Dr Nic

Magic Multi-Connections: A “facility in Rails to talk to more than one database at a time”

At this point in time there’s no facility in Rails to talk to more than one database at a time.

Alex Payne

I possibly have such a facility. Perhaps it will help, and I will get some DHH-love and perhaps a free Twitter account for my troubles. Or perhaps a t-shirt.

As a bonus, the solution even includes decent Ruby-fu syntax. So, if you’re just here for the view:

class PeopleController < ApplicationController
  def index
    @people = conn::Person.find(:all)

That code just there solves all our problems. It will invoke Person.find(:all) on a random database connection to (assumably) a clone database. Awesomeness I think. I hope it helps Twitter and all the Twit-sers (or whatever you call a user of Twitter).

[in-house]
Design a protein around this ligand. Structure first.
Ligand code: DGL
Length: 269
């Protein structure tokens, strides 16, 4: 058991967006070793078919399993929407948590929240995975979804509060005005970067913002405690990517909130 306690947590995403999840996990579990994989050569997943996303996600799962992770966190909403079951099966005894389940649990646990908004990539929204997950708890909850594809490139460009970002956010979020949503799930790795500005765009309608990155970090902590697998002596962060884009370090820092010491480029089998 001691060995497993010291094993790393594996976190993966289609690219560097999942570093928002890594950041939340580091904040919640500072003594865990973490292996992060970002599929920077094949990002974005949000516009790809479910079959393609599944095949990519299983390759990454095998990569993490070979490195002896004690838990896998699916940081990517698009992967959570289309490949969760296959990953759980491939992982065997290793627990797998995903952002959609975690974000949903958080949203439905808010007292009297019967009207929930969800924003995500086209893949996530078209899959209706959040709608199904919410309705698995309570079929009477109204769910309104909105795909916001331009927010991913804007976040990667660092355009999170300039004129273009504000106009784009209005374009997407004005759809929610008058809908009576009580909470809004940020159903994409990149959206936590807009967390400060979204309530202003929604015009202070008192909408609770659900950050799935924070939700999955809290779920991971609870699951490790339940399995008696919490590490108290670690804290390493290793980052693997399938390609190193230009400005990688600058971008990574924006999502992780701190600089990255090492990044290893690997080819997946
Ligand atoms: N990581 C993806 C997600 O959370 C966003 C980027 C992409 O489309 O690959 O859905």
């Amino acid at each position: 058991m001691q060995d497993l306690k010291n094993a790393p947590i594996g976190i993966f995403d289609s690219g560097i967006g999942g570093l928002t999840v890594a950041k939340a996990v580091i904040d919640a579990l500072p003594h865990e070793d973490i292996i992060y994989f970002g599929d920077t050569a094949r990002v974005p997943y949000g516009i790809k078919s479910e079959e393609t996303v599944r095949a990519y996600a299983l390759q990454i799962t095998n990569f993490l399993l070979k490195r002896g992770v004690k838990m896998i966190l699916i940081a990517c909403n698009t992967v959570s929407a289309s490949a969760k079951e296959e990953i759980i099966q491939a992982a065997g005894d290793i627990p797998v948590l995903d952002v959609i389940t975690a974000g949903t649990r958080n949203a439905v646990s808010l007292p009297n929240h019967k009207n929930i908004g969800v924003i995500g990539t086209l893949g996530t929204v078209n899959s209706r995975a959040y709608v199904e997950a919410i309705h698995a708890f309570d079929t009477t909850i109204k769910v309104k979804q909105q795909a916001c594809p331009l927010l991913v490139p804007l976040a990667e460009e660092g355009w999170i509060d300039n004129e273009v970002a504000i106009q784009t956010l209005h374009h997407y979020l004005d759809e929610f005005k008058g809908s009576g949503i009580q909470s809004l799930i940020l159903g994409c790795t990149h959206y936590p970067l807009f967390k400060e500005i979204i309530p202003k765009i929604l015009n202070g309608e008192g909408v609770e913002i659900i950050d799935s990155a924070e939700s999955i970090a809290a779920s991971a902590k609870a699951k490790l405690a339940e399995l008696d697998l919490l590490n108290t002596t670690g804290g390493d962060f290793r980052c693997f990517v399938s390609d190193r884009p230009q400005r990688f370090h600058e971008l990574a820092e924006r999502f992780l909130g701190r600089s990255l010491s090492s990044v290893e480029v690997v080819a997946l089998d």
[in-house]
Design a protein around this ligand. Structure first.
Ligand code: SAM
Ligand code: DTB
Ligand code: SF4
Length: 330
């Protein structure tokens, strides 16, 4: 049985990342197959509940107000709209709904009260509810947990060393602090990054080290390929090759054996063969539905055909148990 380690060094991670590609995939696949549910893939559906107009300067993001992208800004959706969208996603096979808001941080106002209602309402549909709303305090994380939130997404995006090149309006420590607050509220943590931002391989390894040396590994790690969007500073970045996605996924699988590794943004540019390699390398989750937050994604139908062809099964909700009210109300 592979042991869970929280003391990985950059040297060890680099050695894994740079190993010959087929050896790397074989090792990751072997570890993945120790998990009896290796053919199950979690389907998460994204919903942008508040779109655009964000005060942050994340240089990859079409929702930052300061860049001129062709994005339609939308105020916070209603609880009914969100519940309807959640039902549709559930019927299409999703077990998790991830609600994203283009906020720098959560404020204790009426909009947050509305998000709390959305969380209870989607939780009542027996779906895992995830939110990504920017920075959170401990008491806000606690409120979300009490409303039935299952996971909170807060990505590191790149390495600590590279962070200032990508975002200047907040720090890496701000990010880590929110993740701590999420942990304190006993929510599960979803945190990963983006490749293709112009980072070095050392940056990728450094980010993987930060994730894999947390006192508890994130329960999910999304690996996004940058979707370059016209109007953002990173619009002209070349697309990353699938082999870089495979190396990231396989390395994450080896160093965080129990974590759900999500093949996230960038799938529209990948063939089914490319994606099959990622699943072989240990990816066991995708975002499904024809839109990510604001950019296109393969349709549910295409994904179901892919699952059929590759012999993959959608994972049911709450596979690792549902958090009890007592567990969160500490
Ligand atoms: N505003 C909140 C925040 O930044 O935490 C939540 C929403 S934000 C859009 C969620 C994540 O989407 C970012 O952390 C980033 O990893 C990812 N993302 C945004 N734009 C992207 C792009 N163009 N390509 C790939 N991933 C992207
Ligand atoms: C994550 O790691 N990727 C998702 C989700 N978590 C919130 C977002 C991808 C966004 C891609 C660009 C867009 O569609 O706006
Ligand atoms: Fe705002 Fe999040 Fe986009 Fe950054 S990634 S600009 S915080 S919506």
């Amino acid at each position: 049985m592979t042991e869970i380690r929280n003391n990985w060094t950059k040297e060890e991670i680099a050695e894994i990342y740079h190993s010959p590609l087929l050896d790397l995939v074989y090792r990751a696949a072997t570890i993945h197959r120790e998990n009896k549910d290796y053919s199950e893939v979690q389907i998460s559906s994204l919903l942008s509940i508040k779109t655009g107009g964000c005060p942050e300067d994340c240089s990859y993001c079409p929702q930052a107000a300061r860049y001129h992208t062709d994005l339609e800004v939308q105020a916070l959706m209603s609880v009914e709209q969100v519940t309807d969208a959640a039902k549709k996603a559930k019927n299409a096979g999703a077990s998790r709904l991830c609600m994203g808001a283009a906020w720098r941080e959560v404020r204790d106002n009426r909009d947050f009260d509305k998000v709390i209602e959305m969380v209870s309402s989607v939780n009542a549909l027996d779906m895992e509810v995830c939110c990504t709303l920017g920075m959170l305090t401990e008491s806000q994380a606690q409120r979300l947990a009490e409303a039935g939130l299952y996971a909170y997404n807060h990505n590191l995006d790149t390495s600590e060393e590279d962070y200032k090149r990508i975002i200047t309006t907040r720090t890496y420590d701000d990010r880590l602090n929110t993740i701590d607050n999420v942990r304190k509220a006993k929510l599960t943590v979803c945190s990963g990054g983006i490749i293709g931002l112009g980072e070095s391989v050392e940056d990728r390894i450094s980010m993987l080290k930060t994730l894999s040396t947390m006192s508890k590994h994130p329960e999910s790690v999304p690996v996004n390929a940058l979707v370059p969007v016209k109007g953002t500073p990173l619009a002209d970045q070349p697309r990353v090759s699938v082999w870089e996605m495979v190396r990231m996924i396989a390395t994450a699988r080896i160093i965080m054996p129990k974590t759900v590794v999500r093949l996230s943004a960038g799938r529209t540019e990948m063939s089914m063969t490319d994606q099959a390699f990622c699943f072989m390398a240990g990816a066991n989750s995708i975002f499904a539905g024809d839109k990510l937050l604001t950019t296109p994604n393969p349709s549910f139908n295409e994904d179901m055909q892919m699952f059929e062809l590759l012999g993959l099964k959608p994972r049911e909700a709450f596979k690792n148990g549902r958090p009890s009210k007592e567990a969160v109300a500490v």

This solution comes from the magic_multi_connections gem.

What is going on here?

I think a tutorial is the best way to demonstrate what is happening here. So, let's create a rails app and mix in the magic_multi_connections gem.

First, get the gem. Second, create a rails app:

$ sudo gem install magic_multi_connections
$ rails multi -d sqlite3

Now edit the config/database.yml file to create some more databases:

  adapter: sqlite3
  database: db/development.sqlite3
  timeout: 5000

  adapter: sqlite3
  database: db/development_clone1.sqlite3
  timeout: 5000

  adapter: sqlite3
  database: db/development_clone2.sqlite3
  timeout: 5000

But please pretend these are uber-MySQL clusters or whatever.

Think of :development as the read-write connection, and the :development_cloneN connections are for read-only access.